• Intel Skulltrail motherboard

  • 8GB of DDR2-800 FB-DIMM
  • NVIDIA Quadro FX 4800
  • Areca ARC-1230 RAID controller

  • Windows 7 x64
  • 4 x 600GB Western Digital Velociraptors in RAID-5
  • 2 x 512GB Western Digital SiliconEdge Blue SSDs in RAID-0



Western Digital SiliconEdge RAID-0
Array

First we will look at the results from
the pair of SSDs; the HDTach results above show an average read
speed of 337 MB/s and an average write speed of 243 MB/s.  The burst
speed was 462 MB/s with a random access time listed at 0.2 ms. 



Western Digital SiliconEdge RAID-0
Array

The ATTO results here actually show a
better write speed than HDTach did above maxing out at 357 MB/s or so
while the reads topped at 389 MB/s. 



Western Digital Velociraptor RAID-5
Array

For the standard hard drives in the
RAID-5 array we saw average read speeds hover around 305 MB/s and write
speeds at 206 MB/s.  The burst rate remained stable at 459 MB/s but the
random access time was sitting just about 7.1 ms. 



Western Digital Velociraptor RAID-5
Array

The ATTO results for this array were a
bit better as well as the reads came in as fast as 382 MB/s while the
writes were going as fast as 300 MB/s. 

As it turns out, both configurations performed very well under these
criteria and there is little doubt that the Areca 1230 card is
responsible for some of that leveling between the SSDs and traditional
hard drives.  The raw performance edge still obviously goes to the pair
of SiliconEdge SSDs though I was impressed at how close the
Velociraptors were able to get.  Obviously if you are
worried about capacity and price more than the top speed result here, I
think the Western Digital Velociraptors are easily the best pick. 

However, for our specific application use, it turns out the lower access
times the SSDs provide outweigh the benefits of the capacity boost.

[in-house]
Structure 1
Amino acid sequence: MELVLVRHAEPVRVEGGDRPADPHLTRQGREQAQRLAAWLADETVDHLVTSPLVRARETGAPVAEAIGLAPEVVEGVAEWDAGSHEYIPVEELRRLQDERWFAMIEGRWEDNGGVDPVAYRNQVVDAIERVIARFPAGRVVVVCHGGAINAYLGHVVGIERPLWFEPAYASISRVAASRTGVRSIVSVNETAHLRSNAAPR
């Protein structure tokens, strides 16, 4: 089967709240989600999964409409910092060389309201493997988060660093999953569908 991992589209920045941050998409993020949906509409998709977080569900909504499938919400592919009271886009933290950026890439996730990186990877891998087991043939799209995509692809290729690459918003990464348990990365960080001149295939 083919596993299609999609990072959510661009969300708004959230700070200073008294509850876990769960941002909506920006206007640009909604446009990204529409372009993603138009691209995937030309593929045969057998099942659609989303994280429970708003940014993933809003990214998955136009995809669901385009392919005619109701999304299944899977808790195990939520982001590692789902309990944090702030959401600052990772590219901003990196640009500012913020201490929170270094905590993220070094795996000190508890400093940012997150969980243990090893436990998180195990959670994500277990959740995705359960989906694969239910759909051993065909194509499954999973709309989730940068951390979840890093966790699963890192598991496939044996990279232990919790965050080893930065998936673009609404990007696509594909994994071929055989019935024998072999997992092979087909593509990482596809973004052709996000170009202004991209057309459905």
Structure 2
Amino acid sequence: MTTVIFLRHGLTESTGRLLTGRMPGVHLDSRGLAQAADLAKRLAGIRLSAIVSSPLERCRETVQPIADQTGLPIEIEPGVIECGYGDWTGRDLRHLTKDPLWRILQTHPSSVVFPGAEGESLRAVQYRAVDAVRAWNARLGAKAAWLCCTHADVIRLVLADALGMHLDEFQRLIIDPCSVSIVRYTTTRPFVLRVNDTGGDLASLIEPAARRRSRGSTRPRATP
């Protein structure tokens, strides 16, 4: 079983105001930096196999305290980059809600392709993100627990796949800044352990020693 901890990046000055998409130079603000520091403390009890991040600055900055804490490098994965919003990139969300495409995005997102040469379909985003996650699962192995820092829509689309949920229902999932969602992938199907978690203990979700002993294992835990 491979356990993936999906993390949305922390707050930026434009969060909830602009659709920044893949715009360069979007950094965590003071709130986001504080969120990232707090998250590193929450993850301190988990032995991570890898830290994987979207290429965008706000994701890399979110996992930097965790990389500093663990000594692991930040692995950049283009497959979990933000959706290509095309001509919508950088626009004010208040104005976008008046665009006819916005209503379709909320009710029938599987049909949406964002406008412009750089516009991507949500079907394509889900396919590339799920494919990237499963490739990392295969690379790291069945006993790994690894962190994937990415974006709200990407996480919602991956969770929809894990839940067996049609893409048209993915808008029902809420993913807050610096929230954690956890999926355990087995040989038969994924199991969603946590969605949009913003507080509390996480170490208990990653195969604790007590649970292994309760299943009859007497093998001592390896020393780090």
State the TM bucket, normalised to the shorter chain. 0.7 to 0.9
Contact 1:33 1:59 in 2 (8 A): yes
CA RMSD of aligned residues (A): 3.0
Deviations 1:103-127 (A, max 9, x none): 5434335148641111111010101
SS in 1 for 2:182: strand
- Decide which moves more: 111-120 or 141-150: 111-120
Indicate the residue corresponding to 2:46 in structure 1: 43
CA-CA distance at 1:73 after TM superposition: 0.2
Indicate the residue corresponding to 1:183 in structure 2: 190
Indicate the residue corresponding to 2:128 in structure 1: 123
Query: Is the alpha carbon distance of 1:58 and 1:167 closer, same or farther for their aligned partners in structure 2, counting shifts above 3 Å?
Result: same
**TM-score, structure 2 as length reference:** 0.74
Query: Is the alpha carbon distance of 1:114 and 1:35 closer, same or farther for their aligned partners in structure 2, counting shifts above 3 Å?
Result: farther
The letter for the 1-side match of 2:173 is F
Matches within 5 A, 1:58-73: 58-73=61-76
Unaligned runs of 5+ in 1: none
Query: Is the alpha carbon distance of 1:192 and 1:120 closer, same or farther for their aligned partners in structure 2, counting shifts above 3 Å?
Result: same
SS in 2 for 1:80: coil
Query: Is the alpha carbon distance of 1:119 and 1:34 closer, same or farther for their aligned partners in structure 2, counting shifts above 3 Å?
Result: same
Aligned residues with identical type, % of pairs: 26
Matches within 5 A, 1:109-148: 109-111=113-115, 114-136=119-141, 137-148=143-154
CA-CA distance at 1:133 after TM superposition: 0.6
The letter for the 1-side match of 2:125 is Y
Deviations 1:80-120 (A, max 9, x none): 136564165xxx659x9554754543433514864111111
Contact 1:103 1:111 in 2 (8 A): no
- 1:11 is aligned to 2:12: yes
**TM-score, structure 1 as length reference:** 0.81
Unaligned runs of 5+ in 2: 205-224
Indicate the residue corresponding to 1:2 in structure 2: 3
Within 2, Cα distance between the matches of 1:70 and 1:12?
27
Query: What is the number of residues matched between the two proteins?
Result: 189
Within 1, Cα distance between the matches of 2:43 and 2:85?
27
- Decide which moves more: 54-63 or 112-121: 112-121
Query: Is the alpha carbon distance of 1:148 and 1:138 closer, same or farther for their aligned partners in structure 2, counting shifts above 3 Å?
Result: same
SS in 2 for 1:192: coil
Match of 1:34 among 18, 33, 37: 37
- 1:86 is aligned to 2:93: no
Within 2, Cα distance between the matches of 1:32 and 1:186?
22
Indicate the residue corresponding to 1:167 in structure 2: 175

Our primary use case is with Adobe Premiere Pro CS5 and editing raw HD
footage out of the Canon 7D camera that can drop in at over 20 GB of
video per project.  While both of our test configurations seemed to
handle the importing and exporting process on about the same level, when
it comes to "scrubbing" along the time line of files while searching
for specific locations in a 4GB file, reading the data at 0.2 ms as
opposed to 7.1 ms is noticeable.  Rather than reading those large files
all at once (where both configurations would be on par with each other)
we were asking the system to very quickly jump in and out of specific
locations in those files, something the SSDs have the advantage in. 


I have to say that I was impressed with BOTH of our storage options as
we tested them and it is tough to give up 1.3TB of storage in order to get
slightly faster scrubbing in a specific application; and it even comes at a
higher cost!  But, with the ability to get a pair of 2TB hard drives at under $300 today for mass storage needs it seemed like the best fit
for us.  For many high end users though, the quad-Velociraptors will
offer the appealing combination of speed and capacity that is impossible
to resist, and we can't blame you one bit.

If you want more information on both of the drives used in our testing,
check out our individual reviews:

No comments posted yet.

Post new comment

The content of this field is kept private and will not be shown publicly.
  • Lines and paragraphs break automatically.
  • Allowed HTML tags: <a> <em> <strong> <cite> <code> <ul> <ol> <li> <dl> <dt> <dd> <blockquote><p><br>
  • Web page addresses and e-mail addresses turn into links automatically.

More information about formatting options

By submitting this form, you accept the Mollom privacy policy.